Individual alcohol consumption in Britain has declined sharply. In 2013, the average person over 15 consumed 9.4 litres of alcohol, 19 per cent less than 2004. As with drugs, the decline in use among the young is particularly notable: the proportion of young adults who are teetotal increased by 40 per cent between 2005 and 2013. But decreased drinking is not only apparent among the young fogeys: 80 per cent of adults are making some effort to drink less, according to a new study by consumer trends agency Future Foundation. No wonder that half of all nightclubs have closed in the last decade. Pubs are also closing down: there are 13 per cent fewer pubs in the UK than in 2002. 

People are too busy vying to get ahead at work to indulge in drinking. A combination of the recession, globalisation and technology has combined to make the work of work more competitive than ever: bad news for alcohol companies. “The cost-benefit analysis for people of going out and getting hammered starts to go out of favour,” says Will Seymour of Future Foundation.

Vincent Dignan is the founder of Magnific, a company that helps tech start-ups. He identifies ditching regular boozing as a turning point in his career. “I noticed a trend of other entrepreneurs drinking three, four or five times a week at different events, while their companies went nowhere,” he says. “I realised I couldn't be just another British guy getting pissed and being mildly hungover while trying to scale a website to a million visitors a month. I feel I have a very slight edge on everyone else. While they're sleeping in, I'm working.” Dignan now only drinks occasionally; he went three months without having a drop of alcohol earlier in the year.

But the decline in booze consumption isn’t only about people becoming more work-driven. There have never been more alternate ways to be entertained than resorting to the bottle. The rise of digital TV, BBC iPlayer and Netflix means most people means that most people have almost limitless choice about what to watch.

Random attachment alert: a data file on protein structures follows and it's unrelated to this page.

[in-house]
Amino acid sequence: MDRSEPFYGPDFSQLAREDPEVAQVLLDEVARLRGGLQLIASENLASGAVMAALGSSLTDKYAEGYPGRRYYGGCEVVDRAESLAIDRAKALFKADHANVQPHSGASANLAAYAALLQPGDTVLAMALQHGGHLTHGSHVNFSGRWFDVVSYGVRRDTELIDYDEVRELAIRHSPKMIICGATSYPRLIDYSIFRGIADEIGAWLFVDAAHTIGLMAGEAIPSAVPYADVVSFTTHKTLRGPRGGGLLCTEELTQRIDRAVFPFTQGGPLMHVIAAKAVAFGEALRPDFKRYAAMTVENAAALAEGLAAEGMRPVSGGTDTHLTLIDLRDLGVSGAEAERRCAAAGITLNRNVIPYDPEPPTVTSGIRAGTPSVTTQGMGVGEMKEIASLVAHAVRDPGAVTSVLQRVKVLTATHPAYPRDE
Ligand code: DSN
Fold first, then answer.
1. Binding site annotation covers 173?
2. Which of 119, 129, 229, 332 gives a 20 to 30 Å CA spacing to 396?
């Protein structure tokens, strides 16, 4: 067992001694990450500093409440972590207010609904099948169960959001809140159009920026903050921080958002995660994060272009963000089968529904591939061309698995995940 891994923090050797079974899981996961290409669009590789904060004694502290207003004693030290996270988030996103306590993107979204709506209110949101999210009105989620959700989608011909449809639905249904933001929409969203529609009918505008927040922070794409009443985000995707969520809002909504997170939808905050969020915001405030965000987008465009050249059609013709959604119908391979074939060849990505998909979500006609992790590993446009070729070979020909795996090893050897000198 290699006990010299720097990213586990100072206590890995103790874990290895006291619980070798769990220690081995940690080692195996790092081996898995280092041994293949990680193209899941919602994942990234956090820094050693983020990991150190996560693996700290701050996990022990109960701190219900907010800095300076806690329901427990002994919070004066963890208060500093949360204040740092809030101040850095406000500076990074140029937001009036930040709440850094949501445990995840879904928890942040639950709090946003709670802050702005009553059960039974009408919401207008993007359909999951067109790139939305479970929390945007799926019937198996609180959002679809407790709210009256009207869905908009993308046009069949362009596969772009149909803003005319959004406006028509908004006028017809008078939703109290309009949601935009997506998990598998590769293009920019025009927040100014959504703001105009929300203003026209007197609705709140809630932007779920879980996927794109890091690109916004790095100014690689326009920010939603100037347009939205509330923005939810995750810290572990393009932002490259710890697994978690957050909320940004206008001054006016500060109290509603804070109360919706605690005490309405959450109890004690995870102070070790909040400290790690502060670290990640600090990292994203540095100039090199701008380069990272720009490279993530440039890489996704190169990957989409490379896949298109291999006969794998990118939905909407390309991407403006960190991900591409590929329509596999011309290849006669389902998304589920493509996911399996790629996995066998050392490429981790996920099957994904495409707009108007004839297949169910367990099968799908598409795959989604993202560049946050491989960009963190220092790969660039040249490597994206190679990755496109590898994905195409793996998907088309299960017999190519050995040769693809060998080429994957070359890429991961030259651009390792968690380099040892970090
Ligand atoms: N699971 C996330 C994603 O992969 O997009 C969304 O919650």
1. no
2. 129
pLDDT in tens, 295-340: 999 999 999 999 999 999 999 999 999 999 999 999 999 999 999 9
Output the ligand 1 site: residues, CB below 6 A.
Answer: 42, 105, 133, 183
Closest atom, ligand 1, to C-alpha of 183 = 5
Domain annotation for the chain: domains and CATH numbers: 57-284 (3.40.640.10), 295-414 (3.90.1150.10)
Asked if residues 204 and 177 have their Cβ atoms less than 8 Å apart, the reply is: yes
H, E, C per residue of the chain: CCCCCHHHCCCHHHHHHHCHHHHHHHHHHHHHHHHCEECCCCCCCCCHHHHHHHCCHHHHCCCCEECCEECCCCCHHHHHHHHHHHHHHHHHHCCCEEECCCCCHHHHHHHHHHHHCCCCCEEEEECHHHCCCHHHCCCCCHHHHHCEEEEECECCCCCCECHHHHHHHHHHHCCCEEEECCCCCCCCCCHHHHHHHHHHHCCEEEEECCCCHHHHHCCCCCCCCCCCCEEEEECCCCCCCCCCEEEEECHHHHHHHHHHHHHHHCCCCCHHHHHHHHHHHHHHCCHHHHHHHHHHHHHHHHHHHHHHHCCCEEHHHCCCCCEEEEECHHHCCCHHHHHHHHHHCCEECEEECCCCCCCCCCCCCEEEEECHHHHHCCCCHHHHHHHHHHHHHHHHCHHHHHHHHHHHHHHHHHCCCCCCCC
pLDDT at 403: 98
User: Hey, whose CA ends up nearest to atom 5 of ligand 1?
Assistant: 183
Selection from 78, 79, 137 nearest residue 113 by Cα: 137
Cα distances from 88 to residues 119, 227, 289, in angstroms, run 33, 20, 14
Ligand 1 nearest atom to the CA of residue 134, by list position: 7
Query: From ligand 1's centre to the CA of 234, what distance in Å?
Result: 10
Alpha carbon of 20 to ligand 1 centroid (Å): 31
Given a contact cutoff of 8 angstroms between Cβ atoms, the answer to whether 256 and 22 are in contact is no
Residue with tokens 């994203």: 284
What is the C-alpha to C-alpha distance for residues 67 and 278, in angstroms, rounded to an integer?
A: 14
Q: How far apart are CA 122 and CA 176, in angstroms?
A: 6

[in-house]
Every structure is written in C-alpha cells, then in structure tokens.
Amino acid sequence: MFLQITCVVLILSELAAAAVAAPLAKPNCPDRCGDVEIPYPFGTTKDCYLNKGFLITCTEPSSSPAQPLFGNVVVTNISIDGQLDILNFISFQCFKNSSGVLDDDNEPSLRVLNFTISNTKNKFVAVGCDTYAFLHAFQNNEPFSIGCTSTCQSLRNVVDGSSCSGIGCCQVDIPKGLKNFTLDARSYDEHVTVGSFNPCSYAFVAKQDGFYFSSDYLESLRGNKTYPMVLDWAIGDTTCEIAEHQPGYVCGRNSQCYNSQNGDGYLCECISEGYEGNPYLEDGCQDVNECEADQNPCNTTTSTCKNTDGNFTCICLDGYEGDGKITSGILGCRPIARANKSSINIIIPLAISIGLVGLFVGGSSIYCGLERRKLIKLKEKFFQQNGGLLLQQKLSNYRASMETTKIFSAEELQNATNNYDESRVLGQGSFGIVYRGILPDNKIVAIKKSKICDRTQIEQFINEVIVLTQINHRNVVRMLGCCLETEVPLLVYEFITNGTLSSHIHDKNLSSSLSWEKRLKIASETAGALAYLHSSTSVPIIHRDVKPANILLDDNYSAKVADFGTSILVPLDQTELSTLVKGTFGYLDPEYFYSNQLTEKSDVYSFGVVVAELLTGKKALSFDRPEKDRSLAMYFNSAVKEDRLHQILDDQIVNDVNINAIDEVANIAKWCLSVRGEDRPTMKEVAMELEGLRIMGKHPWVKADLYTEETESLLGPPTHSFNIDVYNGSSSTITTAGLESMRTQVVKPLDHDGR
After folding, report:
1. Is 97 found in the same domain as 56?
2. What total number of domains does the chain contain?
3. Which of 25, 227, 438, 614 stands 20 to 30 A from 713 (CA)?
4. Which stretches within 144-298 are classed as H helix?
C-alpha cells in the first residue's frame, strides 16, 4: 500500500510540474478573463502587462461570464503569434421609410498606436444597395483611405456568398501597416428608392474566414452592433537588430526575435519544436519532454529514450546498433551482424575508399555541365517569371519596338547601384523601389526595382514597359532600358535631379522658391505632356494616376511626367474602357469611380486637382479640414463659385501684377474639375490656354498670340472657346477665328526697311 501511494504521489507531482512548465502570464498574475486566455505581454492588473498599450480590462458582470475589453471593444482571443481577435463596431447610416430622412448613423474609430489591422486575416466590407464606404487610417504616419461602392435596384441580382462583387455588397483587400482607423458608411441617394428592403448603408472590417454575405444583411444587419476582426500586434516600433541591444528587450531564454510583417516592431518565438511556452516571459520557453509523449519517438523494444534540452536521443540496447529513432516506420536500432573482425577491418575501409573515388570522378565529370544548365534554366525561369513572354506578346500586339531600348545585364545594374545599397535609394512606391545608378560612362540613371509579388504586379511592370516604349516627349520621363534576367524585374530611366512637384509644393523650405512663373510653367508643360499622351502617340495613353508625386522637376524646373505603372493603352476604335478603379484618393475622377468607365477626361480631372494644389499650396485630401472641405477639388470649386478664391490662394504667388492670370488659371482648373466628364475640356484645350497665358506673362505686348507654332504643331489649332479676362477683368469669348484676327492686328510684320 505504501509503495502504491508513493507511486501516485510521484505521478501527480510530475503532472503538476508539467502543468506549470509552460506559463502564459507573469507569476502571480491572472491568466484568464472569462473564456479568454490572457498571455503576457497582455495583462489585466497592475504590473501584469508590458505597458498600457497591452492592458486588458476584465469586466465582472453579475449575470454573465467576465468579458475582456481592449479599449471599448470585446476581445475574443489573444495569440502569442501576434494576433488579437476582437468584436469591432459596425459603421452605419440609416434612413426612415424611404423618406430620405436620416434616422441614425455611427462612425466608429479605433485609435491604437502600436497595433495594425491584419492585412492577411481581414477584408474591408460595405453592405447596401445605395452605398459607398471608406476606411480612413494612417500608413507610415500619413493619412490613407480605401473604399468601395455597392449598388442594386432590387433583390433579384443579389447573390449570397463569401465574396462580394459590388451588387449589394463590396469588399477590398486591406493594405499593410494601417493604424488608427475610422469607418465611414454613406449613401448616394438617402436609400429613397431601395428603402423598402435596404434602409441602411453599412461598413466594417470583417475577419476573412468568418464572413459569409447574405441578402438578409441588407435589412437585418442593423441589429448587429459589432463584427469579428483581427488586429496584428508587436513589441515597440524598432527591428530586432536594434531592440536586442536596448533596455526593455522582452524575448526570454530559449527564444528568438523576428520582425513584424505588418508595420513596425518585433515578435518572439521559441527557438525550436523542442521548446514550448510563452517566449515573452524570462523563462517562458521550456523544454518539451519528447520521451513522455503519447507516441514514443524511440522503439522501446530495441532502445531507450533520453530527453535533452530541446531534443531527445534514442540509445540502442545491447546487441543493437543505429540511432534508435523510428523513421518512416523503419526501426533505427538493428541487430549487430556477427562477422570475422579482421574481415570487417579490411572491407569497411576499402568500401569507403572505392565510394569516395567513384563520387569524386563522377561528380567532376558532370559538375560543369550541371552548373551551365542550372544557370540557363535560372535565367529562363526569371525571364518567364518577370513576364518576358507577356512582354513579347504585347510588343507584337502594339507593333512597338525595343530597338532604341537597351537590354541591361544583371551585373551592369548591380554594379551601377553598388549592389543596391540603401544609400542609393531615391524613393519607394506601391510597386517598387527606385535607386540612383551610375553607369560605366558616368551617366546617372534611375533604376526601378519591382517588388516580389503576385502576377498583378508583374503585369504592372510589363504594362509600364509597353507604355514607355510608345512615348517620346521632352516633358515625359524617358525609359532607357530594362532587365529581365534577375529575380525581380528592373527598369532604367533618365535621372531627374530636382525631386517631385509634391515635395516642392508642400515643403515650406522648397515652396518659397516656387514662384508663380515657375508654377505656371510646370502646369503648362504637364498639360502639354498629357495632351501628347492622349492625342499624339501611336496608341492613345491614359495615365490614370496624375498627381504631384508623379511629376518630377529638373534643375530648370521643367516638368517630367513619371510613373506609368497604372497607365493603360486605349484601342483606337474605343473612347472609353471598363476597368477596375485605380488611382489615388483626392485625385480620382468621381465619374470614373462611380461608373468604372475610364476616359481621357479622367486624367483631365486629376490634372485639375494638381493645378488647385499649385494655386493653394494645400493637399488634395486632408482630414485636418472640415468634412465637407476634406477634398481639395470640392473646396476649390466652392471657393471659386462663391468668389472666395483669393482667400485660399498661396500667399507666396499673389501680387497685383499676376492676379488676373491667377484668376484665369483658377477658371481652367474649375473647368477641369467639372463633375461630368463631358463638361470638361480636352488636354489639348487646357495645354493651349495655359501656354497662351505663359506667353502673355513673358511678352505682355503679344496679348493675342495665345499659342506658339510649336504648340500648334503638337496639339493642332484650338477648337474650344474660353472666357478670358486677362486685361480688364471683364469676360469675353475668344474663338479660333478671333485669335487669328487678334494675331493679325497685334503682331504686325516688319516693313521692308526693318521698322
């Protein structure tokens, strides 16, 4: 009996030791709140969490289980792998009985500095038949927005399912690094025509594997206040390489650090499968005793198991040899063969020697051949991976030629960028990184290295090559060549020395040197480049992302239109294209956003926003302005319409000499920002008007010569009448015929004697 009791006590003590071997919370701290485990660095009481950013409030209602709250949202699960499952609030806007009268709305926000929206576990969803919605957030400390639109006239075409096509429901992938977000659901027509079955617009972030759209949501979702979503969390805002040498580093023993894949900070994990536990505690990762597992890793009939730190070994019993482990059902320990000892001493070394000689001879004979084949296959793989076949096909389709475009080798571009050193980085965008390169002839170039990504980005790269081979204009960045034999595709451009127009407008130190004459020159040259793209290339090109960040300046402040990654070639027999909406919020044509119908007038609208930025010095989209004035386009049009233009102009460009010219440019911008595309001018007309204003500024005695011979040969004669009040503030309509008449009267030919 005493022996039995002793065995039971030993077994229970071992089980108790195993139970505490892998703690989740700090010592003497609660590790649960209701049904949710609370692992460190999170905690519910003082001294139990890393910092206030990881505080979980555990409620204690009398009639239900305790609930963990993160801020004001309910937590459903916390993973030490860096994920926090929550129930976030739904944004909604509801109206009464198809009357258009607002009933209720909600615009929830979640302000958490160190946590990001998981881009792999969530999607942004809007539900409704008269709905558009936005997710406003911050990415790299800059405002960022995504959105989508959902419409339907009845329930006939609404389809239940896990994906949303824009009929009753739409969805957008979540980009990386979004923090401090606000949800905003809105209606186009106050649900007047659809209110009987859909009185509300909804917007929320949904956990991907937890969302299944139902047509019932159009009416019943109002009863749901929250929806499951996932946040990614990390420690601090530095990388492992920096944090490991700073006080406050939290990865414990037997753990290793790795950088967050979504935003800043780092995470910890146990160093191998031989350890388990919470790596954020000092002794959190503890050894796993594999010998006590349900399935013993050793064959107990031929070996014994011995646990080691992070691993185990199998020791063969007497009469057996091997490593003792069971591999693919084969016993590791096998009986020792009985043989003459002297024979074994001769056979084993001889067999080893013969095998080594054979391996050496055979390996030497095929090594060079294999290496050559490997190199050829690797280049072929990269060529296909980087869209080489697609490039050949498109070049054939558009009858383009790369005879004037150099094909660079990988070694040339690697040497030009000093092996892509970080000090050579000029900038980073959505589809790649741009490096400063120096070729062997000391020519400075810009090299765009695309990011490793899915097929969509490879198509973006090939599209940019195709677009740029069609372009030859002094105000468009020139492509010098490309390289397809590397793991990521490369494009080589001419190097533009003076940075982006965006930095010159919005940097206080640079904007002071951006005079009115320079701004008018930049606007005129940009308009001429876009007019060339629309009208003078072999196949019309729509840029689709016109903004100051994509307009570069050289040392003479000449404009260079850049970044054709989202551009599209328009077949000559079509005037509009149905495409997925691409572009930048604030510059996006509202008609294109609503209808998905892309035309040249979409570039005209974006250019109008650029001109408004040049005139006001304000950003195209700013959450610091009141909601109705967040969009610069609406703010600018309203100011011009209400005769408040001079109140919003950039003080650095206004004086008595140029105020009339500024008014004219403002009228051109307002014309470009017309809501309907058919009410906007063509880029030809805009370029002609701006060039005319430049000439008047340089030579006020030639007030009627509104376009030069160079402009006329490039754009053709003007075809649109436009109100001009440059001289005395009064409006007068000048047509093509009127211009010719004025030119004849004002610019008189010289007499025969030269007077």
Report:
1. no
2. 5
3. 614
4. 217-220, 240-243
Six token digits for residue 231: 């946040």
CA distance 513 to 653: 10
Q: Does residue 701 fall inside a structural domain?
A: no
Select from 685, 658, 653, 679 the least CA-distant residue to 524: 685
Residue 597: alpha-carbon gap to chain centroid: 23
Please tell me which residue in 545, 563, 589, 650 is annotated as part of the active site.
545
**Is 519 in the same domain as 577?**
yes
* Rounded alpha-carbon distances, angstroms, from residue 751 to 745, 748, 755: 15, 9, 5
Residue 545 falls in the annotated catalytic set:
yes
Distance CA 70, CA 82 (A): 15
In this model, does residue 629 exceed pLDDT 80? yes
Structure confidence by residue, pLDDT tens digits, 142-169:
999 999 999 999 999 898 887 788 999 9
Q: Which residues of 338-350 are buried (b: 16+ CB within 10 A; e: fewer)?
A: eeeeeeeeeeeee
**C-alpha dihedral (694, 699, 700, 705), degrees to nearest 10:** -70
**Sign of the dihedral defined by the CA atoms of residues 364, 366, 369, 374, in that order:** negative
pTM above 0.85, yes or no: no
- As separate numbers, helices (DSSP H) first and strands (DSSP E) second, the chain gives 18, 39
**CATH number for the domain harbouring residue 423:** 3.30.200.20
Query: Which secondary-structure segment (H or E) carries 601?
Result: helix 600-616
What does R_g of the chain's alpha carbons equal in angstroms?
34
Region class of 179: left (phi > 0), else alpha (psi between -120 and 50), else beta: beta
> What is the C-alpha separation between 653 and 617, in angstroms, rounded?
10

Some social lives have also partly migrated online. In many ways this is an unfortunate development, but one upshot has been to reduce alcohol intake. “You don’t need to drink to hang out online,” says Dr James Nicholls, the author of The Politics of Alcohol who now works for Alcohol Concern. 

The sheer cost of boozing also puts people off. Although minimum pricing on booze has not been introduced, a series of taxes have made alcohol more expensive, while a ban on below-cost selling was introduced last year. Across the 28 countries of the EU, only Ireland has higher alcohol and tobacco prices than the UK today; in 1998 prices in the UK were only the fourth most expensive in the EU.

Immigration has also contributed to weaning Britain off booze. The decrease in alcohol consumption “is linked partly to demographic trends: the fall is largest in areas with greater ethnic diversity,” Nicholls says. A third of adults in London, where 37 per cent of the population is foreign born, do not drink alcohol at all, easily the highest of any region in Britain.

The alcohol industry is nothing if not resilient. “By lobbying for lower duty rates, ramping up their marketing and developing new products the big producers are doing their best to make sure the last ten years turn out to be a blip rather than a long term change in culture,” Nicholls says.

But whatever alcohol companies do to fight back against the declining popularity of booze, deep changes in British culture have made booze less attractive. Forget the horrific tales of drunken escapades from Magaluf to the Bullingdon Club. The real story is of the strange death of boozy Britain. 

Tim Wigmore is a contributing writer to the New Statesman and the author of Second XI: Cricket In Its Outposts.